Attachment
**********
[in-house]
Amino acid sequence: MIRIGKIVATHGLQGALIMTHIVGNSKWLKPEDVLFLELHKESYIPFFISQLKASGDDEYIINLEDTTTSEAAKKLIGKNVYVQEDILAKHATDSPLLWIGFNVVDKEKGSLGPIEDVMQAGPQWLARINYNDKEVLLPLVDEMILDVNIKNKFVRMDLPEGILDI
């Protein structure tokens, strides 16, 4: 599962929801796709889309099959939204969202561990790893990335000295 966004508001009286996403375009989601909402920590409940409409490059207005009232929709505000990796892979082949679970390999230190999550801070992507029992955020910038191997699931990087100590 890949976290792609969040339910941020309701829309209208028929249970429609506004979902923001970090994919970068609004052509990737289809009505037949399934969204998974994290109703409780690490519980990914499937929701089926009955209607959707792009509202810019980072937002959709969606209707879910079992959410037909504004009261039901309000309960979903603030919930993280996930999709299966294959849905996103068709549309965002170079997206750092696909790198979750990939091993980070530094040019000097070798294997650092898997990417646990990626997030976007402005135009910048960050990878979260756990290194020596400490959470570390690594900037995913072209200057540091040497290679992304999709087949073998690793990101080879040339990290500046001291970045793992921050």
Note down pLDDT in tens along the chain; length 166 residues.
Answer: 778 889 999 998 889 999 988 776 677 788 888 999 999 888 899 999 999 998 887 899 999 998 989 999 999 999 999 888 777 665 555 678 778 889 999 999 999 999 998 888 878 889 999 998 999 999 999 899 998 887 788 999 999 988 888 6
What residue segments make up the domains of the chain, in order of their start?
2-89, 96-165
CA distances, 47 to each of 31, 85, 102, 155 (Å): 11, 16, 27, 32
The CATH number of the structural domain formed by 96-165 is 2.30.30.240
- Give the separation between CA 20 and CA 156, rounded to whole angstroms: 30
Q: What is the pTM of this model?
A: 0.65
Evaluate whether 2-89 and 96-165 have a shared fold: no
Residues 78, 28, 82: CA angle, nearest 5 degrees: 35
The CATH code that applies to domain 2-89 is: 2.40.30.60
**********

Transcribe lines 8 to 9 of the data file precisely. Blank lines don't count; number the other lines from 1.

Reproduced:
CA distances, 47 to each of 31, 85, 102, 155 (Å): 11, 16, 27, 32
The CATH number of the structural domain formed by 96-165 is 2.30.30.240